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COVID Information:


As we all enter into this COVID period of hockey, here are some things to note:


1. Every Rink is Unique. Local Board of Health can modify what guidance from State and Mass Hockey.

We suggest coaches check each rink prior to going there what to expect.  

2.Team rooms may open but only up to 50% capacity – small rooms or larger teams may need to rotate.

3. Indoor common use areas (lobby , bleachers, restrooms, etc.) are open but social distancing is required.

4. Spectators are limited to one (1) parent/guardian/chaperone per participant up to 50% of the rink’s occupant capacity

5. Face covering is required for EVERYONE – participants, coaches, spectators, staff.

Participants on the ice do not need to wear a face covering when engaged in aerobic activity (practice or game play)

Centers need to wear face coverings at faceoffs.

Players need to wear masks while on bench.

6. Team benches are allowed to be used with 6’ distancing between players. Many rinks will expand benches using chairs outside the box. Coaches are responsible to organize the players for line rotation to minimize proximity as much as possible.

7. Only 1 player can use the penalty box at a time. If more than one player is serving a penalty the additional players all serve their penalty on the team bench.

8. No Checking.

9. We all need to avoid confrontations at the rink (on and off the ice).

10. Teams will not shake hands at the end of games.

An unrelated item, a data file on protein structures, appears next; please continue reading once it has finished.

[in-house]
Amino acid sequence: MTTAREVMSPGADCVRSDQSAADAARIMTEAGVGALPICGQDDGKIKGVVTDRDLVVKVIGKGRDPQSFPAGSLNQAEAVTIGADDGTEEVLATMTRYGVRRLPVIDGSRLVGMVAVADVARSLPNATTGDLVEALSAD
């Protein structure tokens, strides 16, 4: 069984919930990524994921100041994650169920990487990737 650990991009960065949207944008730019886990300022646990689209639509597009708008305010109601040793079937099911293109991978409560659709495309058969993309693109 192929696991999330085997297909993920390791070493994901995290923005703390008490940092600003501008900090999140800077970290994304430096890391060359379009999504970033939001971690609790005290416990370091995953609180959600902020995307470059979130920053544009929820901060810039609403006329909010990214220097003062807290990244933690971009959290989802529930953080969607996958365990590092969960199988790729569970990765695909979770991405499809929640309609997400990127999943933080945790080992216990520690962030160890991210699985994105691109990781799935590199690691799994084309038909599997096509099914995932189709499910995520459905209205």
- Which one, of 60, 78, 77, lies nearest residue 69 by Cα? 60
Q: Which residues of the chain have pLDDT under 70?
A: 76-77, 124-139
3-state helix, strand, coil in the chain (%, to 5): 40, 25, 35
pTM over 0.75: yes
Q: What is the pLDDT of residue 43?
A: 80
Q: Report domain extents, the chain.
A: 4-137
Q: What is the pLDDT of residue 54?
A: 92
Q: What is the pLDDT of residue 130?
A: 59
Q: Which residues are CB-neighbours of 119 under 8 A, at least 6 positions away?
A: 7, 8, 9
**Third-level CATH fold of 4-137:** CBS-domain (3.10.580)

11. Following the rules will help in letting us continue to play our great sport.

12. Coaches need to know and follow protocols. 

13. All players and Coaches must be properly registered and listed on the roster. Any player or coach not listed on the roster may not be allowed to end facility. Coach or Team Manager is required to have list of players and contact numbers.

14. Do not go to the rink if you are ill, have a cold, have a temperature greater then 100.4 F, cough, or similiar COVID-19 symptoms.

15. Any participants, players, coaches who test positive for COVID-19 must notify team and league officials and may not return to GSL until compliance is achieved with State and CDC guidelines. All aplayers and coaches must be free of COVID symptoms for the past 14 days and have not been exposed to someone who has been ill in the last 14 days.


2020-21 COVID-19 Game Cancellation Rule:

We expect all players, coaches, and spectators to participate only when you have no COVID-19 symptoms. In the event a player, coach, or spectator tests positive for COVID they must notify the rink, local association, and league. Those who test positive should not return to the rink or play until their symptoms have gone and they have tested negative. If necessary league games (as many as needed) can be cancelled without penalty to ensure appropriate quarantine and mitigation for spreading COVID-19. Games cancelled due to COVID-19 will not be rescheduled and no points will be awarded to either team.

Games cancelled for non COVID-19 related reasons (like weather, etc) will follow game cancellation policy.



Additional information and resources can be found Mass Hockey COVID Resource Page: https://www.mahockey.org/hockeyresources


Massachusetts Hockey does not have the governance to investigate or enforce state regulated guidelines in regards to COVID19. We are here to inform our membership of the information that is provided to us.
If you would like to report a location, etc. the contact information is listed below:
  • If you would like to report a sports league, team, business or workplace that is non-compliant with the Sports Guidance, please reach out to your Local Board of Health
  • After contacting your local board of health, you may contact the Department of Labor Standards (DLS) through their hotline: (508) 616-0461 x 9488 or by sending an email to  . DLS will call or email you if an investigation is determined to be warranted within 72 hours if an investigation is warranted.


OCTOBER 7, 2020